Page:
The Gold Finale Explained: The Cabbie Who Got Shot & the Millwall Fan in Spain

BBC One Brink’s-Mat drama The Gold ended with a mystery or two. Spoilers.

The Gold screengrab Donnie the Cabbie
Photo: BBC

Warning: contains spoilers for The Gold FINALE

At the beginning of each episode, The Gold announced itself as a mix of fact and fiction with the disclaimer: “The following is inspired by real events. Some characters or elements have been created or changed for dramatic purposes.” That meant while several of its characters had the real names of figures associated with the Brink’s-Mat Robbery, including Kenneth Noye, Micky McAvoy, John Palmer and DCI Brian Boyce, some were created for the series.

Money launderer Edwin Cooper is one of the invented names, for a character likely inspired by real-life solicitor Michael Relton, who was sentenced to 12 years for his part in washing the proceeds of the 1983 robbery. Detective Nikki Jennings is another invention, a composite character inspired by several of the female police officers who worked on the Brink’s-Mat investigation.

Two other characters appear under what seem to be invented names, but perhaps inspired by real-life figures: Donnie “The Cabbie”, who was gunned down in the show’s finale, and Charlie Miller, portrayed as having been one of the six original armed robbers who escaped to the Costa del Sol.

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The Cabbie

In The Gold episode 5, ‘The Boy You Were’, Micky McAvoy’s fiancée Kathleen meets with Donnie (played by Dorian Lough), a taxi firm operator known as “the Cabbie”. “Do Brink’s-Mat know they bought half the cabs in South London?” Kathleen asks Donnie, inferring that he had stolen Micky’s robbery proceeds for his own use. Sent there by Micky to arrange his escape attempt from prison, Kathleen asks Donnie to take her to meet his “friend with the chopper”, threatening his fleet of cars if he doesn’t agree. Donnie takes her to the meeting, but rain calls off Micky’s escape.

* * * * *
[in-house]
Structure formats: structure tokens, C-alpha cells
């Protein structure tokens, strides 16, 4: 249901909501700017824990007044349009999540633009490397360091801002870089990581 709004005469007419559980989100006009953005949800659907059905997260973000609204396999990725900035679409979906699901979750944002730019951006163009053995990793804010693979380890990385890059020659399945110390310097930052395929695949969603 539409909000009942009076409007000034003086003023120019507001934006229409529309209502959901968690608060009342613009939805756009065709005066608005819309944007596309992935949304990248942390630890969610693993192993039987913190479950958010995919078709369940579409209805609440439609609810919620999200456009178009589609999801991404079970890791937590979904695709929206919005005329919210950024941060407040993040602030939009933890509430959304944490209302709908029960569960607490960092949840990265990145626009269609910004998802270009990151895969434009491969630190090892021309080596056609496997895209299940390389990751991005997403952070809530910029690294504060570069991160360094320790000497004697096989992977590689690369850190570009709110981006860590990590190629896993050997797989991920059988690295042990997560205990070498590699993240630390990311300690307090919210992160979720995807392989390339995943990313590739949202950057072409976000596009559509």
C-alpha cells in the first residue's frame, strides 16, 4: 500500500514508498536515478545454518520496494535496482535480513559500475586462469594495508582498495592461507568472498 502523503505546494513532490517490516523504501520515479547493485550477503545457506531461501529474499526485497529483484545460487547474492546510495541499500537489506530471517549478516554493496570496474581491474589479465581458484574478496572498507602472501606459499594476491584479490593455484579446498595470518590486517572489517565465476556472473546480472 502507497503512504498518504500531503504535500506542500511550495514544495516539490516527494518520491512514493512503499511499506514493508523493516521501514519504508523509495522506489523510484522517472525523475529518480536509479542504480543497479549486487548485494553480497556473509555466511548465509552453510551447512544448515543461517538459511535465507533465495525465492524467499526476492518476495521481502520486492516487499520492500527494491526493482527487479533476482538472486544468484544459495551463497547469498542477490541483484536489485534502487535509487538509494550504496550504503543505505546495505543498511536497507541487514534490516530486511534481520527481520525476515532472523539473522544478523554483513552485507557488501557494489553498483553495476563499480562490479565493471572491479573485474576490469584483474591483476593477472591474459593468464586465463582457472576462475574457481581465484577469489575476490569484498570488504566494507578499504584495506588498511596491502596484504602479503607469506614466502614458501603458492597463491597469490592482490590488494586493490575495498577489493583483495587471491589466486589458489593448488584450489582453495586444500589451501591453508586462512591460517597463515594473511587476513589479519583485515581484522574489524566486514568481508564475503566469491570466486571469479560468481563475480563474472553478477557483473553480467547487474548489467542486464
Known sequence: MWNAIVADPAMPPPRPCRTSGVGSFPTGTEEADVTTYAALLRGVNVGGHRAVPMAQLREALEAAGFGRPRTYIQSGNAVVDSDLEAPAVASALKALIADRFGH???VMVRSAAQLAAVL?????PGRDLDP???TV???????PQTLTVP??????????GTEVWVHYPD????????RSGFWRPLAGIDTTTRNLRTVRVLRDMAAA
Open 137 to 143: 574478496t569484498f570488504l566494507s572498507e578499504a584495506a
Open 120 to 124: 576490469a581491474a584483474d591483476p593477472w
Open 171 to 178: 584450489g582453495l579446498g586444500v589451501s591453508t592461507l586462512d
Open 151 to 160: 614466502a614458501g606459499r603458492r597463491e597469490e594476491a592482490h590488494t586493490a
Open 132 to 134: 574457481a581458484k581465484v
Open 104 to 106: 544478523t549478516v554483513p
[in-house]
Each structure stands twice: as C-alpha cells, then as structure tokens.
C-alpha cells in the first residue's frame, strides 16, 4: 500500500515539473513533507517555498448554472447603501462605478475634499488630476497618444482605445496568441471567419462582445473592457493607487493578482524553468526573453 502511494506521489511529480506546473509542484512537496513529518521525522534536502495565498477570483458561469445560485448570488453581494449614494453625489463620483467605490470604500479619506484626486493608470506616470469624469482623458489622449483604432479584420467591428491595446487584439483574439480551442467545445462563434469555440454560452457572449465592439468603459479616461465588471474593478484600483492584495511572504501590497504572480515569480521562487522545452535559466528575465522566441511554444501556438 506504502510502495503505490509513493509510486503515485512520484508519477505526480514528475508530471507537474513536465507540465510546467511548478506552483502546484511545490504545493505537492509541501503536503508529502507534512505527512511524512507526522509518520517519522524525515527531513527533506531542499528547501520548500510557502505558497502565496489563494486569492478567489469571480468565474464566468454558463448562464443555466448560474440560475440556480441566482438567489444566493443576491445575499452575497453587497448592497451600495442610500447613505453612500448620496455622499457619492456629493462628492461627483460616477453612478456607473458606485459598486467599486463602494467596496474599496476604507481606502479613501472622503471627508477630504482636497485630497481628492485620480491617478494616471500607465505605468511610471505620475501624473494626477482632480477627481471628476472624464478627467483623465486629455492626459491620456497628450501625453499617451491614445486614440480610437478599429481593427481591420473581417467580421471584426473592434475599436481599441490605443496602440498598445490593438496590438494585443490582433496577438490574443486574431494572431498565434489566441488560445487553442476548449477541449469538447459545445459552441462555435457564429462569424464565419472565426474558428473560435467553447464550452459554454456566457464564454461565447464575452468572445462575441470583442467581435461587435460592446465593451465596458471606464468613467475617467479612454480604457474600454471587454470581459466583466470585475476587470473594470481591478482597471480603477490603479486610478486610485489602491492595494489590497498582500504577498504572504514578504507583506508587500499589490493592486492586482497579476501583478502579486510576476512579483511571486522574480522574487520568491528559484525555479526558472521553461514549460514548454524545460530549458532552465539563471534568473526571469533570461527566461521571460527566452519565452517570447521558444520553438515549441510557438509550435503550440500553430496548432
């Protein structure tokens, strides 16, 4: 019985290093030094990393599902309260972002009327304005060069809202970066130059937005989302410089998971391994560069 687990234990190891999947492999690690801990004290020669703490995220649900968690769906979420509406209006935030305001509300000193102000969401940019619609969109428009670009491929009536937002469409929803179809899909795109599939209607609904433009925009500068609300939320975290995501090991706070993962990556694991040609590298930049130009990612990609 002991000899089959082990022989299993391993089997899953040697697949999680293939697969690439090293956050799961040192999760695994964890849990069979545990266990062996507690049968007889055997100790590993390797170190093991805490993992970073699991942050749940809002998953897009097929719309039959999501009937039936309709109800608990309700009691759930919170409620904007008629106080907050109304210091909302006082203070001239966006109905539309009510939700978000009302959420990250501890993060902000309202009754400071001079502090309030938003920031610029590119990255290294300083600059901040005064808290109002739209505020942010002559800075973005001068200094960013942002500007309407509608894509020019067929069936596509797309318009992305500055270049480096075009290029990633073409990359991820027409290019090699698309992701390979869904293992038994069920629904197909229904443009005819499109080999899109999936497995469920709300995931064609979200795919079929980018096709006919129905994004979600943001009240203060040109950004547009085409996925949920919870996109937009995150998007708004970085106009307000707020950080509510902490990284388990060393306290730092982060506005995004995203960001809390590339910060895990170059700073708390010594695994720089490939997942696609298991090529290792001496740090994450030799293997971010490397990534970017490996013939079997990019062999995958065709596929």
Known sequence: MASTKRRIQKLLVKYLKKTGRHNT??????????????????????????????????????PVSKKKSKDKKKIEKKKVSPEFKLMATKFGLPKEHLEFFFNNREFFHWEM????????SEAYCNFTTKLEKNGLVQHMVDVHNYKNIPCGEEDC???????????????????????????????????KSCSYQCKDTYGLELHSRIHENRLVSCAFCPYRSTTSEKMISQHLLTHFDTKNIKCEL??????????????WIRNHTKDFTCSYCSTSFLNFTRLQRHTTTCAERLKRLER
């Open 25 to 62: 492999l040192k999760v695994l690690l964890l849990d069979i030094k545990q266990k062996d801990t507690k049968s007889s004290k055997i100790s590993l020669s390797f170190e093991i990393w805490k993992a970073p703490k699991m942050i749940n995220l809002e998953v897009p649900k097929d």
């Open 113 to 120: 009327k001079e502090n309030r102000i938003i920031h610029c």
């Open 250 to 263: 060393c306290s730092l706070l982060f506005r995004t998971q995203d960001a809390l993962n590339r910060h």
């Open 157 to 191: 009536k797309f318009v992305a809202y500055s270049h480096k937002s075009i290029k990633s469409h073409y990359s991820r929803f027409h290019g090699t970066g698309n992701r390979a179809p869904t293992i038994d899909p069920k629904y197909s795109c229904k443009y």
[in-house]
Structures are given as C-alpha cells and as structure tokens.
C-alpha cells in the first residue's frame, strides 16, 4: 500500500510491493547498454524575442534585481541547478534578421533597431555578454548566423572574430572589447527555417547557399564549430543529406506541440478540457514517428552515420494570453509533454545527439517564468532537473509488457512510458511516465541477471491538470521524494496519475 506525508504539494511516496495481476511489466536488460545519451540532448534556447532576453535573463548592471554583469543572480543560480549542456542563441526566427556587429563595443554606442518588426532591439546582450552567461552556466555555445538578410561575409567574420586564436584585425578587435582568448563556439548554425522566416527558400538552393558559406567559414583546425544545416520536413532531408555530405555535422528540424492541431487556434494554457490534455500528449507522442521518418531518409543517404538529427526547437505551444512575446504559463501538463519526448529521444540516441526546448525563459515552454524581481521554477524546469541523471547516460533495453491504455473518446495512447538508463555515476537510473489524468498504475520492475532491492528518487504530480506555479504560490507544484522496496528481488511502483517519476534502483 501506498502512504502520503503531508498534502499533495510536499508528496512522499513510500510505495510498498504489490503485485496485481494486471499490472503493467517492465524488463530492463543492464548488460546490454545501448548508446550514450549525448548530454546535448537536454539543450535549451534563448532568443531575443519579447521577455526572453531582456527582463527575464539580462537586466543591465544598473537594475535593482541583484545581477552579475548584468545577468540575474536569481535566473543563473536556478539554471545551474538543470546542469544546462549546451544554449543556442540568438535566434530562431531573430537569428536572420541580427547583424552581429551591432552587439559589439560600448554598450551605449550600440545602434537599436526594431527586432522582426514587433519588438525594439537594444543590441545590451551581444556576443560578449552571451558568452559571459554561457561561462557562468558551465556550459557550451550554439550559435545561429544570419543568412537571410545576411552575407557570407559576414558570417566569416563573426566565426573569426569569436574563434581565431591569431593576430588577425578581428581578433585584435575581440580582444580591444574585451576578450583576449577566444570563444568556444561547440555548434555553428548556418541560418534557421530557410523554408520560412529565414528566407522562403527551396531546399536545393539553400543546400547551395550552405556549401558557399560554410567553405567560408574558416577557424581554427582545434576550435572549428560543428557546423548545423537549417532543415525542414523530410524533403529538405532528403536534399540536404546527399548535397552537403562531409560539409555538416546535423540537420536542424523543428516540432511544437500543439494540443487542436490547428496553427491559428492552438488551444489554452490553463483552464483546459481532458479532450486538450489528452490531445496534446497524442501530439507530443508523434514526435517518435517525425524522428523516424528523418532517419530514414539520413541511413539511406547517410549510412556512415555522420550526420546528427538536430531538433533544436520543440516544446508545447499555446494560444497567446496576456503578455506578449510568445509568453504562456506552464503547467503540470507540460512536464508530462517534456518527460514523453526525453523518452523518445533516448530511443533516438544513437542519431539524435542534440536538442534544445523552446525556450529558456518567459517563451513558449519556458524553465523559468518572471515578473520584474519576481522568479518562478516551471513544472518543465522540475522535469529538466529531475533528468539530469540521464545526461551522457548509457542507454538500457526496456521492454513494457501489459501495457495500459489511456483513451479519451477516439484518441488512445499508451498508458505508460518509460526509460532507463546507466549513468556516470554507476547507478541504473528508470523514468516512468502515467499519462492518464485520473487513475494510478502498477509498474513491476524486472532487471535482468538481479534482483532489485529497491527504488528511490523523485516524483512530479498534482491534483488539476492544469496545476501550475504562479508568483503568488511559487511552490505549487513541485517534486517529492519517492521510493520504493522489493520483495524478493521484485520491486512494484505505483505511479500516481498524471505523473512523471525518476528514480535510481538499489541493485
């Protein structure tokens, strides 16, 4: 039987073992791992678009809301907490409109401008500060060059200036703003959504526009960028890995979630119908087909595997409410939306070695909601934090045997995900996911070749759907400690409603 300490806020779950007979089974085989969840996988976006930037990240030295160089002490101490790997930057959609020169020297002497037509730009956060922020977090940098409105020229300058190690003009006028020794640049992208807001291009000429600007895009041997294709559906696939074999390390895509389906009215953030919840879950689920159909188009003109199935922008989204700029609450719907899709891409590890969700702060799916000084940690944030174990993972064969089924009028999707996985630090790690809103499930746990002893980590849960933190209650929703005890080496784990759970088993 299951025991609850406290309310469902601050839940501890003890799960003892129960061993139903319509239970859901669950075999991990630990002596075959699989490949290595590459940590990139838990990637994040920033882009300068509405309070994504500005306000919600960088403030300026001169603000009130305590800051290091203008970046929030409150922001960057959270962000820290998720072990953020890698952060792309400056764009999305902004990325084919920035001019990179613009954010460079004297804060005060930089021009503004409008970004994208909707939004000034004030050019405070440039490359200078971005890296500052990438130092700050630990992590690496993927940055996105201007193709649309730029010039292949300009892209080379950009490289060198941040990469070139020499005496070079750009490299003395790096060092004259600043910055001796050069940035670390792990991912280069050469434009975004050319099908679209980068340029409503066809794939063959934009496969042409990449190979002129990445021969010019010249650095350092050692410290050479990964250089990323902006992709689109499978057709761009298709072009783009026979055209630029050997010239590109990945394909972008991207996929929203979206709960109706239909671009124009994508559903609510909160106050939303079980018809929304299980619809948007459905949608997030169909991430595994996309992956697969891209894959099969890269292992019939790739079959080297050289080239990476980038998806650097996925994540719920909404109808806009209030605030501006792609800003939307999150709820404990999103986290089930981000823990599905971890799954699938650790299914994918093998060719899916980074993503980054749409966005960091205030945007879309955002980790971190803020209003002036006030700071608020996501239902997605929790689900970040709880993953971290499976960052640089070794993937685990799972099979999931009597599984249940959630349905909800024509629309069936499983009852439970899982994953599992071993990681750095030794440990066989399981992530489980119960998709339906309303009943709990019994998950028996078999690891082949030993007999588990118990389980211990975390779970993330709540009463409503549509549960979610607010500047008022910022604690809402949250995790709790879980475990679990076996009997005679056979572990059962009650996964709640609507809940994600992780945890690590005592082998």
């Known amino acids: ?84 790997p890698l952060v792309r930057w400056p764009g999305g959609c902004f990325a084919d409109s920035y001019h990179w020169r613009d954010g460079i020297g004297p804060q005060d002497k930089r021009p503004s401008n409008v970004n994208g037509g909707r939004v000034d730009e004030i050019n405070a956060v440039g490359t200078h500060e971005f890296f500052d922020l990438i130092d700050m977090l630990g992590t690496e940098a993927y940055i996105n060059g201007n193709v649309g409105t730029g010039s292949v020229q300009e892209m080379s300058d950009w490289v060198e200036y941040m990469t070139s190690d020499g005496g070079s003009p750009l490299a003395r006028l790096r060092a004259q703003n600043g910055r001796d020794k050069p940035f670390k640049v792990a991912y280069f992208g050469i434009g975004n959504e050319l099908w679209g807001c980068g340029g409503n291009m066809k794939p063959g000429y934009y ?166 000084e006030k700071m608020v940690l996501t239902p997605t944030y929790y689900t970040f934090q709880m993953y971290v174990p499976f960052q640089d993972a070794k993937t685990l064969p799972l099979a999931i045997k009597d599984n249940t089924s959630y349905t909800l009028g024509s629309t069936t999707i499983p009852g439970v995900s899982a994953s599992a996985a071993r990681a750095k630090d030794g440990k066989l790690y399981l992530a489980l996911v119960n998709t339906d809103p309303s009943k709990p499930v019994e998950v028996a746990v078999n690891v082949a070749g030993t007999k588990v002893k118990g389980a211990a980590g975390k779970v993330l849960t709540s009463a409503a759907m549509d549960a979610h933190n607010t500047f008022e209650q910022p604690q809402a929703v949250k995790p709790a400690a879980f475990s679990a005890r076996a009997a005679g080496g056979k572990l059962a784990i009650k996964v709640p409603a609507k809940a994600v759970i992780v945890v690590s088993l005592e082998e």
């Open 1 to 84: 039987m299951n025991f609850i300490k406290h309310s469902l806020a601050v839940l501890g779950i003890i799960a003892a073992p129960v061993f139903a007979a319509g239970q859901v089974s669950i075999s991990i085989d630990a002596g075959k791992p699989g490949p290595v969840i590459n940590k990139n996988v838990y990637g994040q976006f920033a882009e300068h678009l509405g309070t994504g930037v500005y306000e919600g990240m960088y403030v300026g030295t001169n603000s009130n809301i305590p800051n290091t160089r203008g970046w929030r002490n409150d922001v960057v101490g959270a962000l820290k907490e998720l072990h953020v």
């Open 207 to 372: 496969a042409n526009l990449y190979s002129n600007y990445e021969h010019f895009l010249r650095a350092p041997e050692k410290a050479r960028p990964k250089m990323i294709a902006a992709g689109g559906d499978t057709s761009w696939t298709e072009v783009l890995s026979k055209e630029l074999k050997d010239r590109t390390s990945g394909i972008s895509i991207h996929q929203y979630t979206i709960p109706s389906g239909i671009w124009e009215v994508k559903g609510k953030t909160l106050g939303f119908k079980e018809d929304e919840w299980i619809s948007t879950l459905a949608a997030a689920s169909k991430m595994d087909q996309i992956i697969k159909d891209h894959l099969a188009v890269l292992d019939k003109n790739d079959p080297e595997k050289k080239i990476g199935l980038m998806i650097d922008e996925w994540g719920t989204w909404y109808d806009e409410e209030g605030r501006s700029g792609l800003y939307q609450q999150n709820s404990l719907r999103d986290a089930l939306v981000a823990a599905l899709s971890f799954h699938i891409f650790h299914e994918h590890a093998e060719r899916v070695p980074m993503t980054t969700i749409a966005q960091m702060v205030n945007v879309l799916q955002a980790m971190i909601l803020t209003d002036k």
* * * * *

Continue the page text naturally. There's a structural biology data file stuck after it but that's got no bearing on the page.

The next time we see Donnie, it’s in episode six ‘I’ll Be Remembered’. A short scene intercuts Micky and Kathleen’s wedding with Donnie’s gangland execution. While the McAvoys are married by the prison chaplain, Donnie is fatally shot outside his taxi firm by an anonymous gunman on a motorbike.

There’s no Donnie in the real-life story of The Gold, but there is Brian Perry, a possible inspiration for the character. Perry was the owner of The Blue Car minicab firm (in the drama, Donnie drives a blue taxi) in South London. According to this report in The Guardian, cabbie Perry was the connection who brought gold smelter and money launderer Kenneth Noye into the operation. In 1992, Perry was sentenced to nine years in prison for handling stolen goods, and in 2001, he was shot dead outside his place of work by a masked assassin. Perry’s murder joins the many that killed those associated with the robbery, sometimes referred to as “The Brink’s-Mat curse”.

The timelines differ, as Donnie was killed in 1986 on the show, and Perry was shot in 2001 in real life, but the cabbie connection and the allegation that Perry stole Micky McAvoy’s robbery proceeds match up.

The Millwall Fan on the Costa del Sol

The Gold finale opens on a Spanish villa with a mystery man listening to a Millwall v Arsenal football match on the radio. Incensed by the ref awarding Arsenal the penalty they need to equalise in this FA Cup round, he rants about class inequality and throws his radio over the edge of the property. Then in The Gold’s final moments, he and his Spanish girlfriend are seen sunbathing and laughing, while in flashback, we identify him as one of the six armed robbers who committed the original robbery and escaped to Spain to live on his share of the proceeds. The character, played by Sam Spruell, is named as Charlie Miller in the episode credits.

Micky McAvoy and Brian Robinson were the only two of the six actual robbers sentenced for the Brink’s-Mat heist. The real identity of this mystery man, therefore, is not public knowledge. “Charlie Miller” is likely an invention, but perhaps inspired by elements of real-life armed robber Charlie Wilson.

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Charlie Wilson was shot dead aged 57 at his £500,000 Marbella home on the Costa del Sol in 1990. A career criminal, he had been the treasurer of the 1963 Great Train Robbery, for which he received a 30-year sentence but escaped custody and spent four years on the run before being recaptured, and was eventually released from prison in 1978. During his time in Spain, Wilson was suspected of involvement in drug-smuggling and of laundering proceeds from the Brink’s-Mat robbery.

It’s by no means a perfect fit as “Charlie Miller” is concretely identified in The Gold as having been one of the Brink’s-Mat robbers (and the game he’s listening to on the radio appears to have taken place in January 1994), but there’s enough crossover in the stories to believe Wilson may have served as an inspiration for the mystery Millwall fan living on the lam in Spain.

The Gold is available to stream in full on BBC iPlayer.